Italy seems less about individual mindsets than America. You see Italians drinking and talking to each other on the streets. The amazing aqueduct system provides cold water for citizens to stop and get a drink. The sense of unity seems to infuse every aspect of life there, but none more so than the Italian people and their food. And the best way to experience that is to dig in! You don't have to be shy, but if you are, restaurant employees call to you with a friendly smile and welcoming wave. Tomatoes form the basis of much of their cuisine. They are deep red and beautiful, juicy, and full of robust flavor. They lend magic to pizza and pasta, which is likely to fulfill visiting Americans' dreams. Likewise, Italians are famous for their creamy gelato, a treat for the tastebuds that allows for a welcome break from the heat. The entire food experience is steeped in their culture. Dinners include many courses of food and usually culminate in the perfect dessert. 

Meals are for more than taking-in nourishment. They are made with care with the best ingredients and provide a space and time to commune, rest, talk, catch up with family and friends and nourish the soul. Mary Timm, an undergraduate psychology student at Marian, said, “The culture prioritized things like clean water and mealtime being a core part of social engagement.”  

When you travel to a new place, there is so much excitement and even some uncertainty, but overall, you’re going to this new place to experience something you cannot replicate at home. And let me tell you, Italy cannot be replicated! The comparison is hard to grasp. Besides Rome, we spent time in Florence, Tuscany, and Venice and even had a fun day at a lake. We really felt what it is like to live like the locals. Most buildings don't have air conditioning; open windows provide fresh air, along with big bugs, and sadly, restaurants serve water without ice cubes. Did I mention Italy was experiencing a heat wave?!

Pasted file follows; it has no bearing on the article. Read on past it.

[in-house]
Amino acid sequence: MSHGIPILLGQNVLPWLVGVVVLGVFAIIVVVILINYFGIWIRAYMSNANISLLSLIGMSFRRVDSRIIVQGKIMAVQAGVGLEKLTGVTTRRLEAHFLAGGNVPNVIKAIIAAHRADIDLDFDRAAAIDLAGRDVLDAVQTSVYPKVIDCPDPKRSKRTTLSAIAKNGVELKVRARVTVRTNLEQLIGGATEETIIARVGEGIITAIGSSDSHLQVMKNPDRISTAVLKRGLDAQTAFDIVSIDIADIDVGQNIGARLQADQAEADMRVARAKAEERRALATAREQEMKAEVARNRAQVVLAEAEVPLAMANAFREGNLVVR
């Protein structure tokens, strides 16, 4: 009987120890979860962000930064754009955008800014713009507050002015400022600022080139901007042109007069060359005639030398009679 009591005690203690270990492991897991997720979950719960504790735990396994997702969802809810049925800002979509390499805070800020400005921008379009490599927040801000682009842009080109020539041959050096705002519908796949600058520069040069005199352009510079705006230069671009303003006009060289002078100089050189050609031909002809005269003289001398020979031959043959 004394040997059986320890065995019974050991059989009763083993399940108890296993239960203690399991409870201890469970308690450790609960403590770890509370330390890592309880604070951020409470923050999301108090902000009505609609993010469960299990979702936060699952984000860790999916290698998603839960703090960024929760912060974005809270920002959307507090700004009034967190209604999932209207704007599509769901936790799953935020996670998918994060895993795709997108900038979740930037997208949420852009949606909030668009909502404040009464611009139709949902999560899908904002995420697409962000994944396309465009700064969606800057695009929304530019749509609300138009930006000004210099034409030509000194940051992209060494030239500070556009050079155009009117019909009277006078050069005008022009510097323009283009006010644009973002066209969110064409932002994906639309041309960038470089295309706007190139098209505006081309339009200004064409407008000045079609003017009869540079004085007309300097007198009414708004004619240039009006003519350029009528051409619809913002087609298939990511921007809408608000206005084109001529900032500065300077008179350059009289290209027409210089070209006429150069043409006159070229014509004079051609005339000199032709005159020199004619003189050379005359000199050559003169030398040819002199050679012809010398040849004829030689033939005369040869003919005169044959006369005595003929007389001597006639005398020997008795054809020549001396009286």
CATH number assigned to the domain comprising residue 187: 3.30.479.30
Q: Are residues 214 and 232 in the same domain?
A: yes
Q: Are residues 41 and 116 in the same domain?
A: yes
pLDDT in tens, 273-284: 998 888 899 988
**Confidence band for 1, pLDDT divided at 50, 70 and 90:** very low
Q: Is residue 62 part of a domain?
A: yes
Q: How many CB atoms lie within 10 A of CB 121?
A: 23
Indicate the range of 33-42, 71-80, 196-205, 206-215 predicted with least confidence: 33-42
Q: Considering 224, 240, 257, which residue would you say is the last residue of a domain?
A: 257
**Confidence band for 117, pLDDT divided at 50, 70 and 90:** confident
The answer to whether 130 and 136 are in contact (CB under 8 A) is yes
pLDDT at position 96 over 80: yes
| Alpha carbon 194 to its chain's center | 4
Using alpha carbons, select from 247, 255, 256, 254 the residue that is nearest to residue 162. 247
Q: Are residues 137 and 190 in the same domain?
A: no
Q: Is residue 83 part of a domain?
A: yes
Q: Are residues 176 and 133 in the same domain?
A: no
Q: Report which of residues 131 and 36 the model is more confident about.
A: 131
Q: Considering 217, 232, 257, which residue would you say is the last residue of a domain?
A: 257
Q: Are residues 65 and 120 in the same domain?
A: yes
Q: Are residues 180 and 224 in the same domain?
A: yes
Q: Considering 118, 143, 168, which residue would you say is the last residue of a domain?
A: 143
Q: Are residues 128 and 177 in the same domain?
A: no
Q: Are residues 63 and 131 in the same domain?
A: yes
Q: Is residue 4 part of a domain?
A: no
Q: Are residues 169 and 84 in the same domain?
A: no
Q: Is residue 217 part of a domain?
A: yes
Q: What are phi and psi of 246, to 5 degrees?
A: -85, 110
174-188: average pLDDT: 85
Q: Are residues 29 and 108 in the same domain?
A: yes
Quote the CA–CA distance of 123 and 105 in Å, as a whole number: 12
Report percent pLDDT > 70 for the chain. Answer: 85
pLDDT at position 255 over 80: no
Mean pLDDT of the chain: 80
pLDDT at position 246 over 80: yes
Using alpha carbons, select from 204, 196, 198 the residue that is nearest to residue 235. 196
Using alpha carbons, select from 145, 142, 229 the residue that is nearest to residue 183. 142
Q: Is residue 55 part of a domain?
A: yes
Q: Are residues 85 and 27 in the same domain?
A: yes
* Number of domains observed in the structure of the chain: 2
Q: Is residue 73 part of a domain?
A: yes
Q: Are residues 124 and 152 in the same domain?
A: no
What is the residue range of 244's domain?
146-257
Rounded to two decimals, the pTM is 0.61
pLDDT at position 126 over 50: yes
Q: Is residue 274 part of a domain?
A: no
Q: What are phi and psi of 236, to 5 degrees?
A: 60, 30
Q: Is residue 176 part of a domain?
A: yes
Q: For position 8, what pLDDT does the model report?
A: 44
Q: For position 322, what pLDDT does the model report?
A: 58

After experiencing a place like Italy, it was hard to tell Italians why anyone should visit a place like Indiana. The cities, the countryside, and especially the people were enchanting. All I could think was, "Do you want to see some corn?" Or basketball, have you heard of it? No offense, Indiana, but corn and basketball do not compare to the Colosseum, St. Francis' home in Assisi, the horse races in Siena, or the canals in Venice. And again, of course, the tomatoes! Fresh Italian tomatoes will turn you into an American tomato snob! 

Sara Taft, a second-year graduate mental health counseling student, said, “Getting to experience a different culture and different people and a different way of life was just beautiful.”  

The best way to experience Italy is by sitting on the porch of Casa Cares Villa in Tuscany, listening to music, and watching the sun go down on the olive bushes, blanketing the hills with your friends from Indiana. While our state may not have much in common with all the majesty Italy offers, we do have at our heart, amazing people, too, the key ingredient that makes everyone a part of our global community.  

If you want an experience like this, the group plans to travel next summer to Barcelona, Spain. For more information, contact Dr. Michael Slavkin, Dr. Francis Carr, or Dr. Holly Skillman-Dougherty